Persistent Asthma Linked to Higher Carotid Plaque Burden

Batya Swift Yasgur, MA, LSW

November 28, 2022

Persistent asthma is associated with increased carotid plaque burden and higher levels of inflammation, putting these patients at risk for atherosclerotic cardiovascular disease (ASCVD) events, new research suggests.

Using data from the MESA study, investigators analyzed more than 5000 individuals, comparing carotid plaque and inflammatory markers in those with and without asthma.

They found that carotid plaque was present in half of participants without asthma and half of those with intermittent asthma, but in close to 70% of participants with persistent asthma.

Moreover, those with persistent asthma had higher interleukin-6 (IL-6) levels, compared with those without asthma or those with intermittent asthma.

"The take-home message is that the current study, paired with prior studies, highlights that individuals with more significant forms of asthma may be at higher cardiovascular risk, and make it imperative to address modifiable risk factors among patients with asthma," lead author Matthew Tattersall, DO, MS, assistant professor of cardiovascular medicine, University of Wisconsin School of Medicine and Public Health, Madison, told theheart.org | Medscape Cardiology.

The study was published online November 23 in the Journal of the American Heart Association.

Limited Data

Asthma and ASCVD are "highly prevalent inflammatory diseases," the authors write. Carotid artery plaque detected by B-mode ultrasound "represents advanced, typically subclinical atherosclerosis that is a strong independent predictor of incident ASCVD events," with inflammation playing a "key role" in precipitating these events, they note.

Serum inflammatory markers such as C-reactive protein (CRP) and IL-6 are associated with increased ASCVD events; and in asthma, CRP and other inflammatory biomarkers are elevated and tend to further increase during exacerbations.

Currently, there are limited data looking at the associations of asthma, asthma severity, and atherosclerotic plaque burden, they note, so the researchers turned to the MESA study — a multiethnic population of individuals free of prevalent ASCVD at baseline. They hypothesized that persistent asthma would be associated with higher carotid plaque presence and burden.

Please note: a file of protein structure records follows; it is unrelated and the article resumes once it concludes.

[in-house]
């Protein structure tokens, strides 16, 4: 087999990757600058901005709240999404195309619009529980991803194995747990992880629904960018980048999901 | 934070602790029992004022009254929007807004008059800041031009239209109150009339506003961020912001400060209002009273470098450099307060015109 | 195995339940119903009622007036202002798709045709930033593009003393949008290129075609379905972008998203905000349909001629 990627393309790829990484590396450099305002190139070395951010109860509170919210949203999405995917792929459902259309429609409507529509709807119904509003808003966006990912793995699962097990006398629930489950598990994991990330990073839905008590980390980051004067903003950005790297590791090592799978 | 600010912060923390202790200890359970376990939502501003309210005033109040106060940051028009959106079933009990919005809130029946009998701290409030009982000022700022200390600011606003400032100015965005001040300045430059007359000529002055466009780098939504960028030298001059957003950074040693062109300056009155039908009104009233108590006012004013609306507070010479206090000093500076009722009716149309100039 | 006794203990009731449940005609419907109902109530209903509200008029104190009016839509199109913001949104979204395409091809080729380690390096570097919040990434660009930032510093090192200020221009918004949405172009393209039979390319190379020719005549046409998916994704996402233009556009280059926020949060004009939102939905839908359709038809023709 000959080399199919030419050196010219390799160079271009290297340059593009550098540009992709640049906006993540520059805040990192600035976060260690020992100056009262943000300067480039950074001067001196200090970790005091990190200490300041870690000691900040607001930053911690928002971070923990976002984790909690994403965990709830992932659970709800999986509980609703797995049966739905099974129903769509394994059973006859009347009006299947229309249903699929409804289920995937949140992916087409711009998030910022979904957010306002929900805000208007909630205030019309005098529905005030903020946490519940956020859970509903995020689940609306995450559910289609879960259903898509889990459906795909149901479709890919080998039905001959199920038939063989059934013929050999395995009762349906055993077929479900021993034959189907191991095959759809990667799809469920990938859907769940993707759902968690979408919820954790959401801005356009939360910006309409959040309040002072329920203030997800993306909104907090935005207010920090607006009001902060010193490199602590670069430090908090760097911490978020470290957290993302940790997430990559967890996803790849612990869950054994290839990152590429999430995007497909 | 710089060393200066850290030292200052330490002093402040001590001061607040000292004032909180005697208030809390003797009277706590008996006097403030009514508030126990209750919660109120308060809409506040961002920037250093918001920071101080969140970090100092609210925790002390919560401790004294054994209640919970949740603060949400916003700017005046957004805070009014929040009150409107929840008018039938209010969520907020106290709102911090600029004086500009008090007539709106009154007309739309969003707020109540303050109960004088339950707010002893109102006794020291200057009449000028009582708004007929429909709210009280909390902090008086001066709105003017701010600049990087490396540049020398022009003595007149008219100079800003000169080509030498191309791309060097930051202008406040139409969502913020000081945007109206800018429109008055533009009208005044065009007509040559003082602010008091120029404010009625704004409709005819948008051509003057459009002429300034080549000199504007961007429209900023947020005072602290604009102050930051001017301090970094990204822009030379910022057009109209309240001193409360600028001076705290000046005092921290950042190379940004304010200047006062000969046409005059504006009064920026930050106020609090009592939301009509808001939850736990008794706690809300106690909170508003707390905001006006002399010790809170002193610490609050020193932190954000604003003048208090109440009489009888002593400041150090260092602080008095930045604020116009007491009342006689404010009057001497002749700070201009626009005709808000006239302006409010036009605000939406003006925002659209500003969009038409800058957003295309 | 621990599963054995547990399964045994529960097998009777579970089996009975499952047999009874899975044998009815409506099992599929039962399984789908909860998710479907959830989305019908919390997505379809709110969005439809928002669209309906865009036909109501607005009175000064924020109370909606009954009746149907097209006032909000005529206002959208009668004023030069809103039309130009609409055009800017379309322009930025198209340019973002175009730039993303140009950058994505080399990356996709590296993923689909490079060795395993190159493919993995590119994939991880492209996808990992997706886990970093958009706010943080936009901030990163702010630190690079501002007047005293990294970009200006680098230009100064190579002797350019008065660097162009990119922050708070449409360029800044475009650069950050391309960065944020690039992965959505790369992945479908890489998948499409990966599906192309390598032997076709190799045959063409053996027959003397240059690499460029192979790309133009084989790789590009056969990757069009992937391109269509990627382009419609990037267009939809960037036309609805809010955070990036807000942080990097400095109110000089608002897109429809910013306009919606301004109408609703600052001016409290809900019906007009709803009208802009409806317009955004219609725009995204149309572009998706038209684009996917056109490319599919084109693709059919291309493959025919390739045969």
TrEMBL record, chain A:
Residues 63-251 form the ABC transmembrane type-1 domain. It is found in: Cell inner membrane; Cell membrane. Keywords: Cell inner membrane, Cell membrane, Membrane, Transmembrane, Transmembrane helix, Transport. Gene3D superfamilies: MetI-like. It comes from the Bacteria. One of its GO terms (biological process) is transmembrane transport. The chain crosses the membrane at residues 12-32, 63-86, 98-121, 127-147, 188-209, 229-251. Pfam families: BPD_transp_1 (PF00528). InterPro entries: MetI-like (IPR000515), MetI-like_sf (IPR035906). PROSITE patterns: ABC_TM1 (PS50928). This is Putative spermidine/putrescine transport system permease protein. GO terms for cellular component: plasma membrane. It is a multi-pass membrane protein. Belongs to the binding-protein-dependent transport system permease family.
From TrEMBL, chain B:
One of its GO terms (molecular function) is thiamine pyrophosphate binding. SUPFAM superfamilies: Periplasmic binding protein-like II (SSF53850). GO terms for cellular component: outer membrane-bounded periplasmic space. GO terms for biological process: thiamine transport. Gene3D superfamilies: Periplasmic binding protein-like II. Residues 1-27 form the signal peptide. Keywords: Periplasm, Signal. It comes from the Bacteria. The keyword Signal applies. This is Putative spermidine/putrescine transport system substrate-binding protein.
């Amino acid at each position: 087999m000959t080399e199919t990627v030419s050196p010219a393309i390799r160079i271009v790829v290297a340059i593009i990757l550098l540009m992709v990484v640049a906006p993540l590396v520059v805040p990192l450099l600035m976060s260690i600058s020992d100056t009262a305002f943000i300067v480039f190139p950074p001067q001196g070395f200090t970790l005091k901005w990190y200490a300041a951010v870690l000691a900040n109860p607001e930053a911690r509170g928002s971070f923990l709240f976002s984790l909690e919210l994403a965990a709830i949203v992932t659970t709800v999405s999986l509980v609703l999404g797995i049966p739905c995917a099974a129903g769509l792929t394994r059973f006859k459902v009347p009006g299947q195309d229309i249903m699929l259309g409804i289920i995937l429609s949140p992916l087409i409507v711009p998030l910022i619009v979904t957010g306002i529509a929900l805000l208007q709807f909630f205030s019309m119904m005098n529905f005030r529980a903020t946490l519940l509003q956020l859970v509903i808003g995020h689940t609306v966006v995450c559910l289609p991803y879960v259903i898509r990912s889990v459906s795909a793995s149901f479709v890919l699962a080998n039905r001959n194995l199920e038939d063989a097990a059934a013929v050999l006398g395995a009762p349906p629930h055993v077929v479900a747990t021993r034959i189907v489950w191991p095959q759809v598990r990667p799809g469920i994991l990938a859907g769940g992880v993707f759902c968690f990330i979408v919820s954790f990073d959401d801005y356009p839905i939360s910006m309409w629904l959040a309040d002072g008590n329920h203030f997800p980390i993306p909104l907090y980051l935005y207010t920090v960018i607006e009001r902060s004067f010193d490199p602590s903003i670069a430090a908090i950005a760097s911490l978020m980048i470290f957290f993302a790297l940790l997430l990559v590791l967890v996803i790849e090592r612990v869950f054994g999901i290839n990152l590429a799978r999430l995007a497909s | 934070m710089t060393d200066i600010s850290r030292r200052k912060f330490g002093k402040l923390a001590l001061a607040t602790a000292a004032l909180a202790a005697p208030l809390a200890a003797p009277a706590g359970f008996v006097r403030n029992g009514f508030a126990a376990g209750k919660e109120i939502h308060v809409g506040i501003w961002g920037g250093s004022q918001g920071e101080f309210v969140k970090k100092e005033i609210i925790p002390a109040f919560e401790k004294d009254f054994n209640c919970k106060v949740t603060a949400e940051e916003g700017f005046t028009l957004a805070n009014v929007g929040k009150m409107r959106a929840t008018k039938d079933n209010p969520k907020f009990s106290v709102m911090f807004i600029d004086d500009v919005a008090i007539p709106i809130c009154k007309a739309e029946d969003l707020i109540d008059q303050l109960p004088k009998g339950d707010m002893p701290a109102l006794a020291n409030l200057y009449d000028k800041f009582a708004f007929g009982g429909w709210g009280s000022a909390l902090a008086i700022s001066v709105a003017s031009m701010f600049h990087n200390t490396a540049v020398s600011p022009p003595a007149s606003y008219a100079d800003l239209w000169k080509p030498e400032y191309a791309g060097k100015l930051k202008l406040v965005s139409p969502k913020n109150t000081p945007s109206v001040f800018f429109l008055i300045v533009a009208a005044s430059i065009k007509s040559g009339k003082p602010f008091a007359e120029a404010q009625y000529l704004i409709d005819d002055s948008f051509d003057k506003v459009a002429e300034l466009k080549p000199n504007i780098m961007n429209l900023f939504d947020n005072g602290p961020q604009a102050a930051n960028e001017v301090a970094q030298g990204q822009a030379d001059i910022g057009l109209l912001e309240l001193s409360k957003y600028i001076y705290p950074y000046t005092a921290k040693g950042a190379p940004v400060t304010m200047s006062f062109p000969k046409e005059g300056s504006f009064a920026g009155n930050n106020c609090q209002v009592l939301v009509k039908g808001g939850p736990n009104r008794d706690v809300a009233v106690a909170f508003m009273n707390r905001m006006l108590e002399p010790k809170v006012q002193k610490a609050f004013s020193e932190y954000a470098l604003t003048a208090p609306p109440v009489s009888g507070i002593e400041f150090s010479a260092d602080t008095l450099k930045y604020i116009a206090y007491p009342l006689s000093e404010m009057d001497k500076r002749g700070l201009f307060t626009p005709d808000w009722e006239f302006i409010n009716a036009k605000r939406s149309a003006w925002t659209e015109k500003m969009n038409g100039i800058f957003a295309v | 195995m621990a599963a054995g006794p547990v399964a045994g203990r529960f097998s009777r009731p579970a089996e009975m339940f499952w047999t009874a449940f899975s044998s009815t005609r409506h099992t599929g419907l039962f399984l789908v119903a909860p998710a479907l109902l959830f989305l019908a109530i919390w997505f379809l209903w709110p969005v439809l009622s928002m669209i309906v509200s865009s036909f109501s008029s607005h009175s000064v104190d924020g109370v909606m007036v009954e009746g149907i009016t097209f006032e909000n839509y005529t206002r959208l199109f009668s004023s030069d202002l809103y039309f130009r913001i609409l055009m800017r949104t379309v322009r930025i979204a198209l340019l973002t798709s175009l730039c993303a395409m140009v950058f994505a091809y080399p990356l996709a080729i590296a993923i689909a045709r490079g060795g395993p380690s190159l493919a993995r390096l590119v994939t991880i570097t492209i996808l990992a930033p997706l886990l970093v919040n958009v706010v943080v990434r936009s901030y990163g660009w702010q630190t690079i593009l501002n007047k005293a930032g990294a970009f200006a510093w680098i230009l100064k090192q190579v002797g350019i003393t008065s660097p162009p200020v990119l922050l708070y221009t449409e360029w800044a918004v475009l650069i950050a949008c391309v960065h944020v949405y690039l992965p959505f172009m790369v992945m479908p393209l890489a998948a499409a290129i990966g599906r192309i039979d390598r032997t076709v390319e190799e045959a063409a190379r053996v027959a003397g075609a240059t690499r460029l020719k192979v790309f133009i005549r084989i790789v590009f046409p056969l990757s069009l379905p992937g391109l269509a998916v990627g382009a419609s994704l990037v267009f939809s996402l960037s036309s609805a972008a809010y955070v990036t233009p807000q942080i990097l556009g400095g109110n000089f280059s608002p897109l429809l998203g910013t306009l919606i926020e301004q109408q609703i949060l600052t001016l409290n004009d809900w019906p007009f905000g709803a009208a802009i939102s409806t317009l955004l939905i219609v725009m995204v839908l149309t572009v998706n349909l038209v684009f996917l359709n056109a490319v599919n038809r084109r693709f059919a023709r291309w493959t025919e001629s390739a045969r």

They also wanted to explore "whether these associations would be attenuated after adjustment for baseline inflammatory biomarkers."

Tattersall said the current study "links our previous work studying the manifestations of asthma," in which he and his colleagues demonstrated increased cardiovascular events among MESA participants with persistent asthma, as well as late-onset asthma participants in the Wisconsin Sleep Cohort. His group also showed that early arterial injury occurs in adolescents with asthma. 

However, there are also few data looking at the association with carotid plaque, "a late manifestation of arterial injury and a strong predictor of future cardiovascular events and asthma," Tattersall said.

He and his group therefore "wanted to explore the entire spectrum of arterial injury, from the initial increase in the carotid media thickness to plaque formation to cardiovascular events."

To do so, they studied participants in MESA, a study of close to 7000 adults that began in 2000 and continues to follow participants today. At the time of enrollment, all were free from CVD.

The current analysis looked at 5029 MESA participants (mean age 61.6 years, 53% female, 26% Black, 23% Hispanic, 12% Chinese), comparing those with persistent asthma, defined as "asthma requiring use of controller medications," intermittent asthma, defined as "asthma without controller medications," and no asthma.

Participants underwent B-mode carotid ultrasound to detect carotid plaques, with a total plaque score (TPS) ranging from 0-12. The researchers used multivariable regression modeling to evaluate the association of asthma subtype and carotid plaque burden.

Interpret Cautiously

Participants with persistent asthma were more likely to be female, have higher body mass index (BMI), and higher high-density lipoprotein (HDL) cholesterol levels, compared with those without asthma.